Rafeiro v. American Employers' Ins. Co.

Decision Date24 March 1970
Citation5 Cal.App.3d 799,85 Cal.Rptr. 701
CourtCalifornia Court of Appeals Court of Appeals
PartiesMary L. RAFEIRO, Plaintiff and Appellant, v. AMERICAN EMPLOYERS' INSURANCE COMPANY, a corporation, Defendant and Respondent. Civ. 25730.

Danaher, Fletcher, Gunn & Ware, Leonard Ware, Philip S. DeCaro, Palo Alto, for plaintiff and appellant.

Frederick Mahan, San Francisco, for defendant and respondent.

SIMS, Associate Justice.

Plaintiff property owner has appealed from a summary judgment in favor of her contractor's insurer in an action entitled 'Complaint for Indemnity' in which she sought to recover from the insurer the amount of a judgment together with costs and interest she had previously secured against the insured contractor. (See Ins.Code, § 11580.) The facts, with one exception hereinafter noted, are not disputed. Each party made a motion for a summary judgment. The resolution of the controversy turns upon the proper interpretation of the terms of the policy of comprehensive liability insurance issued to the contractor by the insurer, and the determination of whether the loss suffered by the plaintiff for which she recovered the prior judgment represents a liability of the contractor for which the insurer undertook to furnish indemnity. It is concluded, for the reasons set forth below, that the trial court properly resolved this controversy in favor of the defendant and that the judgment must be affirmed.

The Record

A pretrial conference was held after the insurer had filed its answer to plaintiff's complaint 1, and the case was regularly set for trial. Twenty days before the day set for trial the plaintiff filed her notice of motion for summary judgment. No declaration was filed in support of this motion, but the plaintiff filed points and authorities in support of her position that once the prior judgment was admitted the insurer was liable.

The defendant insurer immediately countered with its notice of motion for summary judgment. It was supported by the declaration of the insurer's attorney which summarized, and requested the trial court to consider, certain depositions on file in the prior action which had been conducted in the same superior court. It was further supported by points and authorities to which were appended copies of the judgment, the court's memorandum decision, the findings of fact and conclusions of law, the pretrial conference order, the plaintiff's trial brief, and the trial brief of the contractor, all as filed in the prior action, and a copy of the insurance policy. Subsequently the defendant filed the declaration of the president of the contracting corporation with relation to the nature of the damages involved in the prior action.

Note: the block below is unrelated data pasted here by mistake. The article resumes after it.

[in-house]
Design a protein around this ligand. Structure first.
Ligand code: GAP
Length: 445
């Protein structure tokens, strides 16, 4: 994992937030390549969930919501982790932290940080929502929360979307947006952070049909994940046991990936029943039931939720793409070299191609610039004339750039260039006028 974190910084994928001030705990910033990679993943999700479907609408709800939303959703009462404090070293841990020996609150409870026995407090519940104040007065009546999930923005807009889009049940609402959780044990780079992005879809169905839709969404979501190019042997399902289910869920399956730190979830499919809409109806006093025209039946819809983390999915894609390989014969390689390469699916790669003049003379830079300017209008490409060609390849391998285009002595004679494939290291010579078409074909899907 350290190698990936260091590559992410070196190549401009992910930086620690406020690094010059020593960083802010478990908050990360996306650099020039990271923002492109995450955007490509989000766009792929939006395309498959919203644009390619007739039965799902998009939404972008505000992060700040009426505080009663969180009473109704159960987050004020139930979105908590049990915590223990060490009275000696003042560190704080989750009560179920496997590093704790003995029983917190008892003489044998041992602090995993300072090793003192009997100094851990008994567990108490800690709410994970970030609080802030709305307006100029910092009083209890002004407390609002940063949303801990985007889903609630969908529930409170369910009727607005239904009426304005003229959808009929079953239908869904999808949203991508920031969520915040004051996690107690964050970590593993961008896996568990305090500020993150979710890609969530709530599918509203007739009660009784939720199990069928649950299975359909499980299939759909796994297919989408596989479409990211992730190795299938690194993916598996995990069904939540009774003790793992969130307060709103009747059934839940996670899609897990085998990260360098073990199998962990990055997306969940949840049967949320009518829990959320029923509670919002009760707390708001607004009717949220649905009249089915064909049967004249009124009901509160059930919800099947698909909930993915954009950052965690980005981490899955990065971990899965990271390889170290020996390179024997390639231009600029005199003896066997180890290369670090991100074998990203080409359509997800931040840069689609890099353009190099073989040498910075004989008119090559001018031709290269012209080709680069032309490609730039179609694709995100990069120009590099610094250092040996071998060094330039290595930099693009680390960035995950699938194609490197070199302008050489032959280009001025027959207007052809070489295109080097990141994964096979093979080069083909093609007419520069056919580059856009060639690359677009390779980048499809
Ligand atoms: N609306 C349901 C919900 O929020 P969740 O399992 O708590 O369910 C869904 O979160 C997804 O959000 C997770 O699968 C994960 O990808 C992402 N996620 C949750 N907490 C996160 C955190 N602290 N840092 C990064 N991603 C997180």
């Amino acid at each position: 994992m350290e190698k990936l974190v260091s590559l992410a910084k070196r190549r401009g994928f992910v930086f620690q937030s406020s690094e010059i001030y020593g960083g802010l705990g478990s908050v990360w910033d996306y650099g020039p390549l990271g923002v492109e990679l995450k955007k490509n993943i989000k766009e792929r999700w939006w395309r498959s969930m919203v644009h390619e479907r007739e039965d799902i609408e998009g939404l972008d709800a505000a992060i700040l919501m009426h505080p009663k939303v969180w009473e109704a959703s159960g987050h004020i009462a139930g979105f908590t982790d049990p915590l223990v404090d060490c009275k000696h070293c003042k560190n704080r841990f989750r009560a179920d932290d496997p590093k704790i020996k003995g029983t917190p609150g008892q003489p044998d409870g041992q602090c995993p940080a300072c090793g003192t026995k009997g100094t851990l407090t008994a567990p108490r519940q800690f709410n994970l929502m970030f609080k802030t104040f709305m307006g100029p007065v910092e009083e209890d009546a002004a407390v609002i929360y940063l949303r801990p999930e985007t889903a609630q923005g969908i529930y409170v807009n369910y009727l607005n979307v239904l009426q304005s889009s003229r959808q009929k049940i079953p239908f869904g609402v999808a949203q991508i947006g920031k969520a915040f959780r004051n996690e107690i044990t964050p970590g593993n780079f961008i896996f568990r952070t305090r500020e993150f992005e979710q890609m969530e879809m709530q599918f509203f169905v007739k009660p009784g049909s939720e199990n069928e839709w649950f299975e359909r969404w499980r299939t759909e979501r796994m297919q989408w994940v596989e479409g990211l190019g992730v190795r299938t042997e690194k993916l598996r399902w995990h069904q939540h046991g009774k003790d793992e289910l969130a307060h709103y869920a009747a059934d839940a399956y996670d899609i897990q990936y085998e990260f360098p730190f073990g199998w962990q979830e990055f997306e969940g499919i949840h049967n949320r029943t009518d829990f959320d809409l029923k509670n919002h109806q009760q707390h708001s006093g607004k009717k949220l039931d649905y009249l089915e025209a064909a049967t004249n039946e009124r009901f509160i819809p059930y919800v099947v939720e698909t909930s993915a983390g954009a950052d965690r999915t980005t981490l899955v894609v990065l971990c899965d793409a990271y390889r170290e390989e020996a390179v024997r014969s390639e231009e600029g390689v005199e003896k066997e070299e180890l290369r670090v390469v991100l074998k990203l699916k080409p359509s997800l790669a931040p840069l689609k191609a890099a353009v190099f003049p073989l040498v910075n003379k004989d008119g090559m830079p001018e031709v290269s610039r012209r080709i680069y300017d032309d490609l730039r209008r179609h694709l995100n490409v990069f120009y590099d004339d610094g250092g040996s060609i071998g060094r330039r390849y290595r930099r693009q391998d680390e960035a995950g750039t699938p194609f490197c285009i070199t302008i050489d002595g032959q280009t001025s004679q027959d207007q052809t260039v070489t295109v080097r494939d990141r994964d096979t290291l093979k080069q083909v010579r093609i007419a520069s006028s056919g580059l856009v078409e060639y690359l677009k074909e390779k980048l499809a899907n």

The plaintiff filed a declaration and further points and authorities, and after the defendant replied, the court rendered the judgment from which plaintiff has appealed.

No objection was made to the records of the prior action which were produced by the defendant. The trial court could, and this court may, properly take judicial notice of those proceedings. (See, Evid.Code, § 452, subd. (d), and § 453; and Escobedo v. Travelers Ins. Co. (1961) 197 Cal.App.2d 118, 121--122, 17 Cal.Rptr. 219.) Plaintiff's objections to the sufficiency of the declaration of the contractor's president, and the question of the sufficiency of her declaration to raise a question of fact are discussed below. From this record the following facts appear:

The pretrial order in the prior action states: 'The contentions of the plaintiff are as follows: 'That on August 23, 1962, the plaintiff contracted with defendant Wentz Construction Company under which the defendant was obligated to build the plaintiff two separate apartment buildings consisting of approximately 40 units on her land in Palo Alto for the price of $355,000.00; that during the years 1963--1964 the plaintiff discovered there were certain conditions on the property which consisted of either a claim of unsuitable materials or unworkmanlike construction. * * *' Following a recital of specific complaints, the order states, 'With regard to all the matters above, the plaintiff seeks damages for the cost of repairs and replacement and/or diminution in the market value of the two apartment buildings.'

In her trial brief the plaintiff asserted, '* * * the heart of the case is essentially this: Are the materials and labor provided by the defendant corporation in conformity with recognized standards of workmanship and materials? If they prove on analysis to be in conformity, then plaintiff is not entitled to recover. If, on the other hand, the materials and workmanship as related to the specific items in dispute are not in conformity, then plaintiff is entitled to recover.' After reviewing the defects in the electrical heaters, the roofs, the hot water heaters, and the flooring of the brief continues as follows:

'5. Diminution of Market Value.